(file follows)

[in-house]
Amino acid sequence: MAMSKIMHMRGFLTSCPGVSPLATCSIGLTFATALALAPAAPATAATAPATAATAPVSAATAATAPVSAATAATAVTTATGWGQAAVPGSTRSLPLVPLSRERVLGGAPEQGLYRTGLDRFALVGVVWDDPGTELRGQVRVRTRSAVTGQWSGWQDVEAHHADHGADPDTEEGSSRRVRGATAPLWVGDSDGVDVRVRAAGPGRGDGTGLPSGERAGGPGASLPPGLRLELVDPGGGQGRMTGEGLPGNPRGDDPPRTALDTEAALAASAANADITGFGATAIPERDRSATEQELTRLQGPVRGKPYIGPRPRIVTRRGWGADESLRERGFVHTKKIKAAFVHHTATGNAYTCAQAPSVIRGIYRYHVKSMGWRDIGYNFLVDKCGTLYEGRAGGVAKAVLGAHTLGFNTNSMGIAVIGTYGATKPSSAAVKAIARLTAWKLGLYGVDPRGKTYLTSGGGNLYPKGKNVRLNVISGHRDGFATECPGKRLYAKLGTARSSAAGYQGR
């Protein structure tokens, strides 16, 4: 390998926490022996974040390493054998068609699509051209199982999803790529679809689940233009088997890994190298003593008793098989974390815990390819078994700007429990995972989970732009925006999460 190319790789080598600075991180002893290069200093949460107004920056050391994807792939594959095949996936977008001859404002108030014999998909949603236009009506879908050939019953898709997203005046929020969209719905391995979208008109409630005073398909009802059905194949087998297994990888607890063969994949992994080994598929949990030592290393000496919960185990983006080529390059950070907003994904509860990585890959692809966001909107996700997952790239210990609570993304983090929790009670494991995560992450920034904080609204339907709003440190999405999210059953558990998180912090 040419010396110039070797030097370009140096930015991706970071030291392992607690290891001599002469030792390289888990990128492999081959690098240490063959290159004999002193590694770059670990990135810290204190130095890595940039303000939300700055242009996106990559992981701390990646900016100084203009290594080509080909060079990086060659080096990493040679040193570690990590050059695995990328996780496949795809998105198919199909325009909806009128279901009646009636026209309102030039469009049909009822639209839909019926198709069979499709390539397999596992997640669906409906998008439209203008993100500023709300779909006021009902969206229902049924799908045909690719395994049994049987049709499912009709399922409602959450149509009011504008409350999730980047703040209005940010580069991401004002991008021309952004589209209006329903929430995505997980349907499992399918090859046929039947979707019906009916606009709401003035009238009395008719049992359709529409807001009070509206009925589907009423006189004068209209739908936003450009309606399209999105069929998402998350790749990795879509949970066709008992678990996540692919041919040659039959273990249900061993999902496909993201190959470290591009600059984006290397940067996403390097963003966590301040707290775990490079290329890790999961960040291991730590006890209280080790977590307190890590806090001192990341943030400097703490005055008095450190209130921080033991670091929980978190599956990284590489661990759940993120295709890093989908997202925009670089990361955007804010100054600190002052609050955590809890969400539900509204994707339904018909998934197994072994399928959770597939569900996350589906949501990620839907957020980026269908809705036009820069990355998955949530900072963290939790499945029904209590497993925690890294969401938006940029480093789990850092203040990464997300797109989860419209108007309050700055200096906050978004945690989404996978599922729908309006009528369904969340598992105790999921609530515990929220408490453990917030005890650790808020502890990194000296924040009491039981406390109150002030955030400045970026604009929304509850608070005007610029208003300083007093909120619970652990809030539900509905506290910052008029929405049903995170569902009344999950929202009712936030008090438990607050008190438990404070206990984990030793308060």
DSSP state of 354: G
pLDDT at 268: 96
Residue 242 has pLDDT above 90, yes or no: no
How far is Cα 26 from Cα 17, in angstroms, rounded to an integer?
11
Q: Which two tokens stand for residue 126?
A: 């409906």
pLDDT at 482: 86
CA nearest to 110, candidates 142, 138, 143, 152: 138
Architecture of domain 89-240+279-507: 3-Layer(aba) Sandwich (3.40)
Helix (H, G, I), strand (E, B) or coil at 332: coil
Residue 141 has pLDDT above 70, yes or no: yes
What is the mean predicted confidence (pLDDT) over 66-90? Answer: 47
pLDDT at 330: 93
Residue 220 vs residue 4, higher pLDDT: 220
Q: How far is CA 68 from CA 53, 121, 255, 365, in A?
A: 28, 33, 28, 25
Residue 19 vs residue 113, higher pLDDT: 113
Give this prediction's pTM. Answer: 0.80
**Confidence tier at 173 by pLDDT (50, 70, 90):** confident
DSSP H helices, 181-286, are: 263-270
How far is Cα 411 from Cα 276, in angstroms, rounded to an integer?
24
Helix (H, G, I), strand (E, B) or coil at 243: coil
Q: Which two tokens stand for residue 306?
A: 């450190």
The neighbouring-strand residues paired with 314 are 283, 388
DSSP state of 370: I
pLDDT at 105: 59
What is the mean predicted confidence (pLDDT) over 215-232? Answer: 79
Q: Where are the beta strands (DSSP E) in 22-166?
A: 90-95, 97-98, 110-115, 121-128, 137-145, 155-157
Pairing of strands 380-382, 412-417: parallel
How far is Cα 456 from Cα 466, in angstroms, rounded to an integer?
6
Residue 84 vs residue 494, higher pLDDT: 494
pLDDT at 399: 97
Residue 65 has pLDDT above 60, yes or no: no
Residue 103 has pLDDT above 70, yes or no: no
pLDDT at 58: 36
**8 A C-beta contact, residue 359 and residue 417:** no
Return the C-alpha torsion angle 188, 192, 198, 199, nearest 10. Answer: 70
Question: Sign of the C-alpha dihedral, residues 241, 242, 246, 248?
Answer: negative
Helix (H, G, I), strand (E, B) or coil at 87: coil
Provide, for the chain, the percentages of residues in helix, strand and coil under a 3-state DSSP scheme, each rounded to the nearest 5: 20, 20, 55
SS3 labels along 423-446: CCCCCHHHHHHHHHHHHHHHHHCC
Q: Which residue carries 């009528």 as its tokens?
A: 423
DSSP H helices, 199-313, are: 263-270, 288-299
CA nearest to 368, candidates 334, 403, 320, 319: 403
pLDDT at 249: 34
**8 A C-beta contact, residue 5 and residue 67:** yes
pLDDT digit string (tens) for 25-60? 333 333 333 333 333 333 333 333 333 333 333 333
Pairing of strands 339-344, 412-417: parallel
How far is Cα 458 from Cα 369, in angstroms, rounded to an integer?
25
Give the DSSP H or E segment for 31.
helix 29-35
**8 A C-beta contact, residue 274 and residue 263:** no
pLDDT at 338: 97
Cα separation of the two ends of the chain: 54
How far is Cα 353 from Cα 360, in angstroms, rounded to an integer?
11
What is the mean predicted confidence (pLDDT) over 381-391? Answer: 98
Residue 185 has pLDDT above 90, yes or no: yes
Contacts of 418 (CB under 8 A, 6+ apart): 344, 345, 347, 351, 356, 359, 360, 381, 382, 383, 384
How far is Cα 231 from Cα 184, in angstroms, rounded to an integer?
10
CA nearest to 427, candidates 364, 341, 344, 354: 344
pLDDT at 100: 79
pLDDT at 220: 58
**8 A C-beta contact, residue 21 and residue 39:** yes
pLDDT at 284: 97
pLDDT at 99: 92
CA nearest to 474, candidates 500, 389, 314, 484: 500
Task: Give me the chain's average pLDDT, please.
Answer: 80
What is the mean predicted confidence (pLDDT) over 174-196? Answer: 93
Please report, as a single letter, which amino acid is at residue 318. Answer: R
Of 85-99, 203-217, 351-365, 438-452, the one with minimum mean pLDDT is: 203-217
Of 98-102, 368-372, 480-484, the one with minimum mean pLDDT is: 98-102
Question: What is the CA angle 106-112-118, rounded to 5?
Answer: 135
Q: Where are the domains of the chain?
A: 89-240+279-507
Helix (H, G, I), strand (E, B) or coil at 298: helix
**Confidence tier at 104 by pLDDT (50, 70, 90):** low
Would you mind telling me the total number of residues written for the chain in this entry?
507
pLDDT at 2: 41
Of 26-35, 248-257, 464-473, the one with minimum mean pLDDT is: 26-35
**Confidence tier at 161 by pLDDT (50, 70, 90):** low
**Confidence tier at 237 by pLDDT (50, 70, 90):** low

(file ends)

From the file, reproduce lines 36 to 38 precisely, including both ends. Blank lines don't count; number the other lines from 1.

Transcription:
Pairing of strands 380-382, 412-417: parallel
How far is Cα 456 from Cα 466, in angstroms, rounded to an integer?
6